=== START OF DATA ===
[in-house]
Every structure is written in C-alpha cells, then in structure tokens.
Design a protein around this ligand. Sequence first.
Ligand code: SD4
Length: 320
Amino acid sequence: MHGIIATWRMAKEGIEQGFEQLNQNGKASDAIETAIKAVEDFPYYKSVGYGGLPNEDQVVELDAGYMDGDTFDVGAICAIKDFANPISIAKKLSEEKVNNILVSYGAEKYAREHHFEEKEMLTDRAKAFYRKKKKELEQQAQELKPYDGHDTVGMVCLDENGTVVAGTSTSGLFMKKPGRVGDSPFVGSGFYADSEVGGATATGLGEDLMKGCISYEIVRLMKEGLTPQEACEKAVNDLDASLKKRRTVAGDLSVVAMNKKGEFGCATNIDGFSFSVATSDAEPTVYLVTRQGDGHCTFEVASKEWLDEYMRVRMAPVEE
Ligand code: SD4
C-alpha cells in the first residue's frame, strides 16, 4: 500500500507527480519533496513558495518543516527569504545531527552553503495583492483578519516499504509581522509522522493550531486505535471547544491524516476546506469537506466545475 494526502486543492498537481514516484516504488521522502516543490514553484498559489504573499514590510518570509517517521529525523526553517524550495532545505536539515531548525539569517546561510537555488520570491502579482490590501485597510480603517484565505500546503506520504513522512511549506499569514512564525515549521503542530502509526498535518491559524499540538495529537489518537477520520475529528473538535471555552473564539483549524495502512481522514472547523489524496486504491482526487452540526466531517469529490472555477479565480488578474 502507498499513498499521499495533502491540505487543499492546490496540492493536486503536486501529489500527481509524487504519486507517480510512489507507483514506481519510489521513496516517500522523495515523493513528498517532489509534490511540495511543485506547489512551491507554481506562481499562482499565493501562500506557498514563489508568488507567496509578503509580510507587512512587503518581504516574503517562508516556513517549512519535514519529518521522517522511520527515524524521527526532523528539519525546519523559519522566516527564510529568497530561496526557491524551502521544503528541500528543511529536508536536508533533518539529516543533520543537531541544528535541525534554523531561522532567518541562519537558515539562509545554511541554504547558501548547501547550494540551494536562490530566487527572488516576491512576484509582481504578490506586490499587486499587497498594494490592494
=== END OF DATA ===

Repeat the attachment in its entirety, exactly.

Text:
[in-house]
Every structure is written in C-alpha cells, then in structure tokens.
Design a protein around this ligand. Sequence first.
Ligand code: SD4
Length: 320
Amino acid sequence: MHGIIATWRMAKEGIEQGFEQLNQNGKASDAIETAIKAVEDFPYYKSVGYGGLPNEDQVVELDAGYMDGDTFDVGAICAIKDFANPISIAKKLSEEKVNNILVSYGAEKYAREHHFEEKEMLTDRAKAFYRKKKKELEQQAQELKPYDGHDTVGMVCLDENGTVVAGTSTSGLFMKKPGRVGDSPFVGSGFYADSEVGGATATGLGEDLMKGCISYEIVRLMKEGLTPQEACEKAVNDLDASLKKRRTVAGDLSVVAMNKKGEFGCATNIDGFSFSVATSDAEPTVYLVTRQGDGHCTFEVASKEWLDEYMRVRMAPVEE
Ligand code: SD4
C-alpha cells in the first residue's frame, strides 16, 4: 500500500507527480519533496513558495518543516527569504545531527552553503495583492483578519516499504509581522509522522493550531486505535471547544491524516476546506469537506466545475 494526502486543492498537481514516484516504488521522502516543490514553484498559489504573499514590510518570509517517521529525523526553517524550495532545505536539515531548525539569517546561510537555488520570491502579482490590501485597510480603517484565505500546503506520504513522512511549506499569514512564525515549521503542530502509526498535518491559524499540538495529537489518537477520520475529528473538535471555552473564539483549524495502512481522514472547523489524496486504491482526487452540526466531517469529490472555477479565480488578474 502507498499513498499521499495533502491540505487543499492546490496540492493536486503536486501529489500527481509524487504519486507517480510512489507507483514506481519510489521513496516517500522523495515523493513528498517532489509534490511540495511543485506547489512551491507554481506562481499562482499565493501562500506557498514563489508568488507567496509578503509580510507587512512587503518581504516574503517562508516556513517549512519535514519529518521522517522511520527515524524521527526532523528539519525546519523559519522566516527564510529568497530561496526557491524551502521544503528541500528543511529536508536536508533533518539529516543533520543537531541544528535541525534554523531561522532567518541562519537558515539562509545554511541554504547558501548547501547550494540551494536562490530566487527572488516576491512576484509582481504578490506586490499587486499587497498594494490592494